Eyes closed, I hear the chords of the cello’s attack echo into the orchestra. Jacqueline du Pré’s bow glides between the raw, dark noise, and every note hums with possibility and power.
Even set against an entire orchestra, her melody pierces the background like flashes of light behind a window. Her first crescendo is a cloudburst of upwards intensity. I can feel each resonance tunneling through my headphones, electrifying my every nerve. Nothing can compare to the vivid, coiling immediacy of du Pré’s performance of Elgar’s “Cello Concerto in E Minor.” I have never felt more understood by anyone.
Each of the concerto’s four movements has its own brand of wit and wonder, but they all blend together in a strange, magical jumble that makes me feel like I’ve been staring into the sun for too long. The first movement, the adagio, is my favorite. I was 12 the first time I heard it, but after the track ended, I felt much younger.
When I listen to the concerto, I remember driving to piano lessons with my sister and listening to my dad’s favorite Chopin nocturnes playing around the house. I remember why I play piano and bassoon, the two loveliest and most inconvenient instruments of all. I remember birthday parties and playing “Imagination” and crying at symphony concerts. I remember my first day of school, my first soccer tryout, my first time driving a car. I remember who I am.
Music is not simply a collection of black dots on a page. What occurs in between the bar lines is far less important than what happens outside of the page. Although music is athletic and mathematic, I believe that it is literary above all.
Musicians have to read clues from someone else’s dream and understand them enough to form our own. Music is about telling stories that, once borrowed, slowly transform into something altogether unique; to make music is to create a world within a sixteenth note and a universe within a quarter rest. Loving music is like understanding another language. Even though words are my passion, sometimes the highest truths don’t require any of them.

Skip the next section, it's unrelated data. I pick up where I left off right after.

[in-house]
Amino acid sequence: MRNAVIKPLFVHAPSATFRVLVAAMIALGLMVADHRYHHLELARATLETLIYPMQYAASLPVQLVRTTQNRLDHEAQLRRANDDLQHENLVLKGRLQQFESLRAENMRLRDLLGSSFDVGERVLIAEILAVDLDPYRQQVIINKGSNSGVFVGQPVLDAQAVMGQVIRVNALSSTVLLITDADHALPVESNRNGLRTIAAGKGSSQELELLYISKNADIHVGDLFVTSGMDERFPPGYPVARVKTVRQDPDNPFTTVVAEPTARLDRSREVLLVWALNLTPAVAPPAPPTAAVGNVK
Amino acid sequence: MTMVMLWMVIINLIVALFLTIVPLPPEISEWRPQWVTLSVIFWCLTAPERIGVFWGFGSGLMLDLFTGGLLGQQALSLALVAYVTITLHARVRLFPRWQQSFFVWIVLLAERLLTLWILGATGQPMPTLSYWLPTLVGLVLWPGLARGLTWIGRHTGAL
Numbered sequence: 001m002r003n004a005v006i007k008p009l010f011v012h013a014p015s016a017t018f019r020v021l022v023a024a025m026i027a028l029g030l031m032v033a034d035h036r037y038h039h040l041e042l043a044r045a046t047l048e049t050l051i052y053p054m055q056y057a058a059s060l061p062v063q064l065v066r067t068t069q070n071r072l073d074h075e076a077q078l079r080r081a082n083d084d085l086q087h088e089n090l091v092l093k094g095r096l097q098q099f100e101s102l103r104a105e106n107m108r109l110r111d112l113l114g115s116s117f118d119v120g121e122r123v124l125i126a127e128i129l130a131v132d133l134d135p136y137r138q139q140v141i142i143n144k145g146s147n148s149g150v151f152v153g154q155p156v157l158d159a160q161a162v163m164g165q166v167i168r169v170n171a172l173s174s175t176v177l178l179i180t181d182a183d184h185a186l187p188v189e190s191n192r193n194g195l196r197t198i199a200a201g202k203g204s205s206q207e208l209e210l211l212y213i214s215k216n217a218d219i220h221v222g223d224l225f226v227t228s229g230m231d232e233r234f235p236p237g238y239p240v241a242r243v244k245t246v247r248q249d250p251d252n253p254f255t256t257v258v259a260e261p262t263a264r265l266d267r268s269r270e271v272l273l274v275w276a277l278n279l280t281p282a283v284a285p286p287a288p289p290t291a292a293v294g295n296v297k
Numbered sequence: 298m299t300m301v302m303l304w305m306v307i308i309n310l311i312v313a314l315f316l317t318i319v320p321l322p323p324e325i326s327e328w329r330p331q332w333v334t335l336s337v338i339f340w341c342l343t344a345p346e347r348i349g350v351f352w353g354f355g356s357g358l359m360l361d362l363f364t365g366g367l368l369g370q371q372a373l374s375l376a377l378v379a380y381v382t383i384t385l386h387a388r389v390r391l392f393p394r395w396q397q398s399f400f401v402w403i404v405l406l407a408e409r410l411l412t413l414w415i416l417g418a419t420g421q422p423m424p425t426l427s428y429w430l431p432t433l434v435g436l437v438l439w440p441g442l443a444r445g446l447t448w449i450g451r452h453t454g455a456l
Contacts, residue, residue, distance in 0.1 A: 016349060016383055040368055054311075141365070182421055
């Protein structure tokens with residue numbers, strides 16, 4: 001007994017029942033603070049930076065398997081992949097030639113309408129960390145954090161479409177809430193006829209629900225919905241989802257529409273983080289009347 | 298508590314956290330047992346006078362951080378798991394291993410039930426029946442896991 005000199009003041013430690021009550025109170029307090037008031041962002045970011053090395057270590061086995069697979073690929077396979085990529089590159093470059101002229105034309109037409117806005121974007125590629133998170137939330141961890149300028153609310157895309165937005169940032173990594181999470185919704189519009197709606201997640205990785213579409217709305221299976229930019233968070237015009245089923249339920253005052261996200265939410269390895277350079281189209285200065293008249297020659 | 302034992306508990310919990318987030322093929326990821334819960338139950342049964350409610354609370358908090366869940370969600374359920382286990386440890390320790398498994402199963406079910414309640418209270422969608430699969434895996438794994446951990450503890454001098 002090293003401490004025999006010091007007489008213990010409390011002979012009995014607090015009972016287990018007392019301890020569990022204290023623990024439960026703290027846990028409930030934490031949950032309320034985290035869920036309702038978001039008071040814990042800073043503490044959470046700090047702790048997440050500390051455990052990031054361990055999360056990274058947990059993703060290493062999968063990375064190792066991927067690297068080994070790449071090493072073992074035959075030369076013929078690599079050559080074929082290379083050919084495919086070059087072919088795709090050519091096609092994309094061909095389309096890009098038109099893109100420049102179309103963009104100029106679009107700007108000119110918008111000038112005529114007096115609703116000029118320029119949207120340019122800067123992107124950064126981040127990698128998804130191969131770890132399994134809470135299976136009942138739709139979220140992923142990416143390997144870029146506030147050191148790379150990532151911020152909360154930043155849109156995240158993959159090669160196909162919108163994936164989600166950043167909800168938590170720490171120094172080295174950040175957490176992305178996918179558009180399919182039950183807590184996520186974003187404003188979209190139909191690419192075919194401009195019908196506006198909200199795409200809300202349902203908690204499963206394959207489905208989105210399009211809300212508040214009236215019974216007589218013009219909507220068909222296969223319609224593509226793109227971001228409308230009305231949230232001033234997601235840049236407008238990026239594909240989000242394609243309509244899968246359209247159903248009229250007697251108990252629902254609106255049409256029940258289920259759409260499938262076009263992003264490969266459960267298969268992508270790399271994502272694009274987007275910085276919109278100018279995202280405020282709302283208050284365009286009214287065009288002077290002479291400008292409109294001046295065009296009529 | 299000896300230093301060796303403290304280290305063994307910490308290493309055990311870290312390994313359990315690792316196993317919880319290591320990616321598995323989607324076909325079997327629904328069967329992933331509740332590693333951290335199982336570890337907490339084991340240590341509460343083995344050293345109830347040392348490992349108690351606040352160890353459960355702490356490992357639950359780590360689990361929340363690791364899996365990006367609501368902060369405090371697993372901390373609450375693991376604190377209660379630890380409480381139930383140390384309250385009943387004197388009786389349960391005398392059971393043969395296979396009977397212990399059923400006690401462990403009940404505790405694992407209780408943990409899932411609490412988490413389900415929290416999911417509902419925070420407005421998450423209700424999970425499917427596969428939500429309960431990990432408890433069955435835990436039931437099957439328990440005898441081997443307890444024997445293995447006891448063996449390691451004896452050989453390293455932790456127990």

In the Elgar concerto, du Pré’s cello sounds like supernovae one moment and like crackling silk the next. Her music is a raised fist, defiant and uncompromising to the end.
Although the mood of the concerto is somber, du Pré’s energy still bubbles through. Each happy staccato shatters the gloom. Even in deep, confusing sadness, the cello is a spark, a glimmer of bright joy.
Somehow she knows that a girl is listening to her. Somehow she recognizes this girl with wild, unruly hair and a wild, unruly soul. Somehow I recognize her back.
Separated by five decades, we both stand with eyes struck wide and hearts hungry to be more than what we are, the desire for ferocity and beauty and love writ large upon our lives. To Jacqueline: Thank you for showing me how to live con brio – with spirit.
Emily Ge, a senior at Charles Wright Academy, lives in Gig Harbor. She is one of five reader columnists whose work appears on this page. Email her at firstname.lastname@example.org.